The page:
Armed with two guns, the bully contrived to start an argument with Bruce. The indoor white of the gambler seemed to grow whiter as the rage of his towering tormenter reached the climax. The players moved out of range. The bartenders ducked under the counter. Patrons helpless to intervene, fled from the kill.

A shot rang out. Cautiously, the bartenders lifted their heads. On the floor lay the bad man. Mr. Bruce was calmly lighting a cigar.

There was consternation among the killers. They swore vengeance. After five of them had fallen before Bruce’s gun, he was let alone.

The silent faro dealer, it was learned too late, was surpassingly quick on the trigger.

A spot somewhat distant from the regular cemetery was chosen for the burial place and it became known as Jim Bruce’s private graveyard.

Remi Nadeau, a French Canadian, was the first to haul freight into Panamint City. Nadeau was a genius of transportation. There was no country too rough, too remote, too wild for him. He came to Los Angeles in 1861 from Utah and teamed as far east as Montana.

The Cerro Gordo mine, on the eastern side of Owens Lake in Inyo County began to ship ore in 1869 and Nadeau obtained a contract to haul the ore to Wilmington where it was shipped by boat to San Francisco. He soon had to increase his equipment to 32 teams, using more 169than 500 animals. For his return trip he bought such commodities as he could peddle or leave for sale at stations he built along the route.

In 1872, the contract having expired, Judson and Belshaw, owners of the mine, received a lower bid and Nadeau was left with 500 horses on his hands and heavily in debt. He wanted to dispose of his outfit for the benefit of his creditors but they had confidence in him and persuaded him to “carry on.” Borax discovered in Nevada saved him. Meanwhile the lower bidder on the Cerro Gordo job proved unsatisfactory and Judson and Belshaw asked Nadeau to take the old job back. But now Nadeau informed them they would have to buy a half interest in his outfit and advance $150,000 to construct relay stations at Mud Springs, Mojave, Lang’s Springs, Red Rock, Little Lake, Cartago, and other points. They gladly agreed.

Shortly after Nadeau began hauling across the desert, he picked up a man suffering from gunshot and crazed from thirst. Taking the victim to his nearest station, he left instructions that he be cared for.

Sometime afterward, one of Nadeau’s competitors whose trains had been held up several times by outlaws, wondered why none of Nadeau’s teams or stations had been molested. At the time, Nadeau himself didn’t know that the fellow whom he’d picked up on the desert was Tiburcio Vasquez, the bandit terror.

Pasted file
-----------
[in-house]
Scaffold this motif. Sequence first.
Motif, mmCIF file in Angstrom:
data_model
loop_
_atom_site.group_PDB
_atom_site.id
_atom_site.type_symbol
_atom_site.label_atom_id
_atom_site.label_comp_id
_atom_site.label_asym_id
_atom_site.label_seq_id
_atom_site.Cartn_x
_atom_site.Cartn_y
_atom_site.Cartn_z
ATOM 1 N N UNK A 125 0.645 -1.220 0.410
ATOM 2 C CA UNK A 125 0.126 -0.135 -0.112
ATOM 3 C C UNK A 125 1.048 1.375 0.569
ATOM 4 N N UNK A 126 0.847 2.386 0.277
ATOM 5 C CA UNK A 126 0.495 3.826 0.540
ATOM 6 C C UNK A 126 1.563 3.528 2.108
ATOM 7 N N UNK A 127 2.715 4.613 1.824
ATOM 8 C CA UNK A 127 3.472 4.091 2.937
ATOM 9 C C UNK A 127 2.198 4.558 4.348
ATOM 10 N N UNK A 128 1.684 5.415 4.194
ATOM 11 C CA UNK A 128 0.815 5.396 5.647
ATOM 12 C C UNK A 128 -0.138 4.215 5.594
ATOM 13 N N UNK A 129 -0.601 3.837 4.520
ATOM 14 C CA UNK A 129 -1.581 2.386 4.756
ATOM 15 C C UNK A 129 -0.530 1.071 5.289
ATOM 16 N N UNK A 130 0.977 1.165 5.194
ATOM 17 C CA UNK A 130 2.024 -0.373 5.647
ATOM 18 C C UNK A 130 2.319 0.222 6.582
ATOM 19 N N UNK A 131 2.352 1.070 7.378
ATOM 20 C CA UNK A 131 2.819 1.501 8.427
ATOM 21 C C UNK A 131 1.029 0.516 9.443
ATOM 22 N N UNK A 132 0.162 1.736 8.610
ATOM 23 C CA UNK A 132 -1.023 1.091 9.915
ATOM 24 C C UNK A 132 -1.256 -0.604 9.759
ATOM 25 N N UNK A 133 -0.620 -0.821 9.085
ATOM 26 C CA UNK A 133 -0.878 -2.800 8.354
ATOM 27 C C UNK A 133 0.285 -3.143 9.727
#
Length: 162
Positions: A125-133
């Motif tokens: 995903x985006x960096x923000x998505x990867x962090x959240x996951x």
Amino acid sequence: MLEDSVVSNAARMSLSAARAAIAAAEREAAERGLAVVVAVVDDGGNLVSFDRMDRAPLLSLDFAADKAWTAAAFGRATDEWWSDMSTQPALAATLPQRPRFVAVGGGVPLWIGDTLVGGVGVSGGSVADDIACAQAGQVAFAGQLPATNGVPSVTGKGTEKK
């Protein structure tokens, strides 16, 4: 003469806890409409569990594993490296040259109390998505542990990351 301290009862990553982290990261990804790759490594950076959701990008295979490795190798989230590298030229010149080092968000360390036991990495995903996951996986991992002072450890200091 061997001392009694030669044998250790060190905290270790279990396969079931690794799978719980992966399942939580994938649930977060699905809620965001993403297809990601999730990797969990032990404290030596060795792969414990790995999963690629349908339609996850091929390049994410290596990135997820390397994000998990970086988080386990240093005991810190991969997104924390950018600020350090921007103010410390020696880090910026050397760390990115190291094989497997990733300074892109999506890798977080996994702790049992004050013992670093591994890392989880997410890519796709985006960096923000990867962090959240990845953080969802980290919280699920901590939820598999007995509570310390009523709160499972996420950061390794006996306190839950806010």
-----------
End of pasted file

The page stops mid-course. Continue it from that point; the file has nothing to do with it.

Vasquez naively condoned his banditry. It disgusted him at dances he said, to see the senoritas of his race favor the interloping Americans. He had a singular power over women. When Sheriff William Rowland effected his capture, women of Los Angeles filled his cell with flowers. He was hanged at San Jose.

Nadeau was now hauling ore from the Minnietta and the Modoc mines in the Argus Range on the west side of Panamint Valley. The Modoc was the property of George Hearst, the father of the publisher, William Randolph Hearst. These mines were directly across the valley from Panamint City and because of Nadeau’s record for building roads in places no other dared to go, Jones and Stewart engaged him to haul out of Surprise Canyon, which was barely wide enough in places for a burro with a pack.

On a hill, locally known as “Seventeen”—that being the per cent of grade, located on the old highway between Ballarat and Trona, one may see the dim outline of a road pitching down precipitously to the valley floor. This road was built by Nadeau and one marvels that anything short of steam power could move a load from bottom to top.

Acquiring a fortune, Nadeau built the first three-story building in Los Angeles and the Nadeau Hotel, long the city’s finest, retained favor 170among many wealthy pioneer patrons long after the more glamorous Angelus and Alexandria were built in the early 1900’s.

The first ore from the Panamint mines was shipped to England and because of its richness showed a profit, but difficulties arose in recovery processes which they did not know how to overcome. The mines would have paid fabulously under present day processes.

Finis was written to the story of Panamint after two hectic years and in 1877 Jones and Stewart had lost $2,000,000 and quit. It would be more factual to state that since they had received from the public $2,000,000 to put into it, who lost what is a guess.

A Personal Narrative of People and Places
Published by Death Valley Publishing Co.
Ontario, California

A Foretaste of Things to Come
What Caused Death Valley?
Aaron and Rosie Winters
John Searles and His Lake of Ooze
But Where Was God?
Death Valley Geology
Indians of the Area
Desert Gold. Too Many Fractions
Romance Strikes the Parson
Greenwater-Last of the Boom Towns
The Amargosa Country
A Hovel That Ought To Be a Shrine
Sex in Death Valley Country
Shoshone Country. Resting Springs
The Story of Charles Brown
Long Man, Short Man
Shorty Frank Harris
A Million Dollar Poker Game
Death Valley Scotty
Odd But Interesting Characters
Roads. Cracker Box Signs
Lost Mines. The Breyfogle and Others
Panamint City. Genial Crooks
Indian George. Legend of the Panamint
Ballarat. Ghost Town